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Whether you have been asked to a traditional, face-to-face interview or a phone interview, it is a good idea to thoroughly prepare by updating your resume and portfolio, and researching the company. Though these methods of interviewing are very different, the preparation is similar. Even if the company boasts its casual-friendly atmosphere, you should still dress professionally. In the case of a phone interview, try to stay away from sweatpants and t-shirts. Though they will not actually see you during the interview, it is true that the way you dress affects the way you act and sound. All they will have to associate with you is your resume, portfolio, voice, and words. Be sure to capitalize on each and make them speak loudly and clearly for you.
You should do the research ahead of time what contract engineer rates are, you should refrain from discussing these aspects until the third round of meetings with your employer.
One subject every contract engineer is thinking about but not talking about is what to expect from their contract engineer salary. Though it isn't appropriate to bring it up in the first or second interview, it doesn't hurt to do some research along with your job search.
There are many factors when considering contract engineering rates; a contract design engineering salary will differ significantly from a contract industrial engineering salary. Other factors are your degrees and certificates, experience and interview capability.
Generally speaking, contract engineer salaries fall near $92K. Civil and environmental contracting engineering salaries range between $70-75K, while contract mechanical and electrical engineers usually earn $80K. The more technically challenging your field, the more you will earn. Fields such as electronics engineering and physical science can earn you up to $90K, while contract supervisory engineers make up to $109K annually. These salaries are reserved for those who are continuously growing in their specified fields and expanding their skill sets, so be vigilant about continuing your education.
One of the most important tools you have in your contract engineering job search is your portfolio. Your portfolio is a labor of time and love, growing and evolving from the beginning of your college career to the present. Be sure to include the details of your roles and contributions to projects completed in school and jobs. Capture each step of the contract design engineering process through planning, organizing, resource allocation and actual project execution, including photos from each increment as the project unfolds.
Remember that the more details you include in your portfolio, the easier it will be for your potential employer to pinpoint your skill sets. It is also your chance to demonstrate your ability and diligence to accurately document your work. Keep your portfolio up to date to prevent scrambling when your dream contract engineering job opens up.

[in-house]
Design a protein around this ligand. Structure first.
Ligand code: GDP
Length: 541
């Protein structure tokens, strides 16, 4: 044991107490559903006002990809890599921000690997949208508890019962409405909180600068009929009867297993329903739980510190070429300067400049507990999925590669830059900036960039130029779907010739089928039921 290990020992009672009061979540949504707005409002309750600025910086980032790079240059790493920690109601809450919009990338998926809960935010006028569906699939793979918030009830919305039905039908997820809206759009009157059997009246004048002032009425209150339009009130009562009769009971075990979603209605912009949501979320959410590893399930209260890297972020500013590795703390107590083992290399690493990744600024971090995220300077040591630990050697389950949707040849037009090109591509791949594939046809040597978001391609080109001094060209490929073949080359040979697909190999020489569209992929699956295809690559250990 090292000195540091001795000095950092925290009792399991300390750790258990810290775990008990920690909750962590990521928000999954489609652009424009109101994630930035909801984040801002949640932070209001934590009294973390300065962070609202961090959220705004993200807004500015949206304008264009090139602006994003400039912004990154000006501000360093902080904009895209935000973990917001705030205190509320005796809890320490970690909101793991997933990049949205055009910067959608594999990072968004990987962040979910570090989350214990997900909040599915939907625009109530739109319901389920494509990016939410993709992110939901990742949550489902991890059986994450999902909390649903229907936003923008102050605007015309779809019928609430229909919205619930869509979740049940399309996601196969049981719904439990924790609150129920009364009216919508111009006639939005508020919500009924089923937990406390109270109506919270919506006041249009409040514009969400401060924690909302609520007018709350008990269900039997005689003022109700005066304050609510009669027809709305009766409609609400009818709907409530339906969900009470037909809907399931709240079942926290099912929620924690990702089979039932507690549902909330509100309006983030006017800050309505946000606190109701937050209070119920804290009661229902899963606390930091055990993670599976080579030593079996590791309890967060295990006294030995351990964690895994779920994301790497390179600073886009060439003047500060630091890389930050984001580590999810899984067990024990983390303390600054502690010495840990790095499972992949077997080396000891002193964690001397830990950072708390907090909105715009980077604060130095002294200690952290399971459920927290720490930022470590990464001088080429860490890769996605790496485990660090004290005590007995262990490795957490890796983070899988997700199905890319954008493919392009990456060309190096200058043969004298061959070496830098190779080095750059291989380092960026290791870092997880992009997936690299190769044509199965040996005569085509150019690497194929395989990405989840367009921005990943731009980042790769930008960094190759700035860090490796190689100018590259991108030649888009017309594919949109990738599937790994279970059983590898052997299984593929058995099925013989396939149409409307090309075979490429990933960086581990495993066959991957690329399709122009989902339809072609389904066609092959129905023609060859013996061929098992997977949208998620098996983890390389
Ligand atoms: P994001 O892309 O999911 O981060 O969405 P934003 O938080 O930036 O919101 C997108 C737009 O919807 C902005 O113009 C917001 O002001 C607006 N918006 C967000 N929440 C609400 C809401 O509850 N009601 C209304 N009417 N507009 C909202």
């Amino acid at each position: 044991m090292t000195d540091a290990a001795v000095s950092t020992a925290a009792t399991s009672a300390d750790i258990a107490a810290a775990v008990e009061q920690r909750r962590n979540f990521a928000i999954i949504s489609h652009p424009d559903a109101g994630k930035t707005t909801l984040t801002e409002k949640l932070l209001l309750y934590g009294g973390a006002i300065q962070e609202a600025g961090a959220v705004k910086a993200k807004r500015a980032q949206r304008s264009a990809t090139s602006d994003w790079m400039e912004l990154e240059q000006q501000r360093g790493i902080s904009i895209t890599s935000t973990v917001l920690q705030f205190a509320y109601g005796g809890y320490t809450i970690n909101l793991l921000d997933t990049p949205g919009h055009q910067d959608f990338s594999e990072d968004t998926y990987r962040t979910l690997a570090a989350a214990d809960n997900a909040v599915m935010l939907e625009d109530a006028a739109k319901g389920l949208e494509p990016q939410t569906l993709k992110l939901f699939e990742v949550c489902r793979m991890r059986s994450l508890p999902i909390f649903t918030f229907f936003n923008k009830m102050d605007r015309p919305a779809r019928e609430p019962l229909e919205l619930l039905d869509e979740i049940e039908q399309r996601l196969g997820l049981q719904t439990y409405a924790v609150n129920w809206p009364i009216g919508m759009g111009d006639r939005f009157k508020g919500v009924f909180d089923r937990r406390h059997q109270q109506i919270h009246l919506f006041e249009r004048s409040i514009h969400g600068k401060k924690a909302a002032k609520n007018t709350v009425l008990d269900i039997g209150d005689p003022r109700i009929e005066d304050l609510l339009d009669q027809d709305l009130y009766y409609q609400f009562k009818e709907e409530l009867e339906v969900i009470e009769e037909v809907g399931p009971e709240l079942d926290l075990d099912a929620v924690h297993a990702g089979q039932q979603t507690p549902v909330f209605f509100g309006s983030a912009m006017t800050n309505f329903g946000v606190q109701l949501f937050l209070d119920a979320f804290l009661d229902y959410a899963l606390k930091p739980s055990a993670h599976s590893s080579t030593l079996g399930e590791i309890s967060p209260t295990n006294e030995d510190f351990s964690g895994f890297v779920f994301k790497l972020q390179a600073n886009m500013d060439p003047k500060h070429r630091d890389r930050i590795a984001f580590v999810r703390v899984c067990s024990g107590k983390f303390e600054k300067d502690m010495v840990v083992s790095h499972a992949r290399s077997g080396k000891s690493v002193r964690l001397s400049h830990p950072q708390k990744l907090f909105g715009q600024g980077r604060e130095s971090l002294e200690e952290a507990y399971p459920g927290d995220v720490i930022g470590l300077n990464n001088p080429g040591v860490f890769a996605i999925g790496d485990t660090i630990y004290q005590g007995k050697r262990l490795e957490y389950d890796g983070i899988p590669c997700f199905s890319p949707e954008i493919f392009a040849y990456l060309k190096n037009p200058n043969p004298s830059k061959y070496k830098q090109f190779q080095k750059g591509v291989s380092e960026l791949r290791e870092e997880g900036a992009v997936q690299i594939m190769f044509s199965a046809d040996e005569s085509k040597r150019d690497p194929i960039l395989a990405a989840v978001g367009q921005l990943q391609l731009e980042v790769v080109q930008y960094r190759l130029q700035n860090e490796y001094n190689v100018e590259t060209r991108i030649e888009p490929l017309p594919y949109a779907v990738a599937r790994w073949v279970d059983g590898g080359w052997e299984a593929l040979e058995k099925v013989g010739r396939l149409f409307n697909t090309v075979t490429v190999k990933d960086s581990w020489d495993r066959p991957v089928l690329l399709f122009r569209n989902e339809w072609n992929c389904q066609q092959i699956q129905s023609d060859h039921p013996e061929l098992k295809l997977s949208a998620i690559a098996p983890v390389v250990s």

Employers have discovered the financial benefits of using contract engineers rather than growing and training in-house personnel. The result is that the contract engineering career field is much more lucrative since the last recession. This works to your advantage, meaning that you will have luck finding a contract engineer job wherever you live. Whether you choose to specialize in the contract industrial engineering sector or generalize for even greater contract engineering employment opportunities, the jobs are on your side.
It is easiest to search for jobs in the area where you already reside. However, if you plan to move or simply wish to, the Internet makes searching for employment in other parts of the state, country, or world, a feasible endeavor. Carefully assess where you are in your career to help you narrow down which contract engineer jobs may be right for you.
If you're ready for the next level in your contract engineering job, you may be considering a supervisory-level contract engineering job. It is important to note that these jobs stray away from everything you may be accustomed to in your contract engineering career. No longer working with the nuts and bolts of project execution, your responsibility will lie more in the complex task of executing a whole project. While a potential employer will expect that you have an expansive knowledge of the field, this level job focuses more on managing rather than doing.
If you're looking for a leg-up in the competition, draw from your knowledge of contract design engineering, cost and resource estimation, personnel staffing, and regulatory guidance.
Once you've received your degree in engineering, you're ready to search for contract engineering jobs. Some contract engineering jobs require that you have a specific skill set. In order to obtain these skills, you might want to look at contract design engineering jobs that specialize in a specific sector. Even entry-level positions require that you have skills in interpreting calculations and drawings by design and development teams, contractors and consulting firms. Once you've grasped these fundamentals, you'll be ready to move onto bigger contract engineering jobs.
One essential quality that potential employers look for is the ability to move a project from design to execution. Demonstrate your capability to do so by detailing your contributions to various projects in your portfolio. Also, have a few anecdotes in your arsenal to use during interviews. Employers are also looking for a demonstrated, solid analytical capability.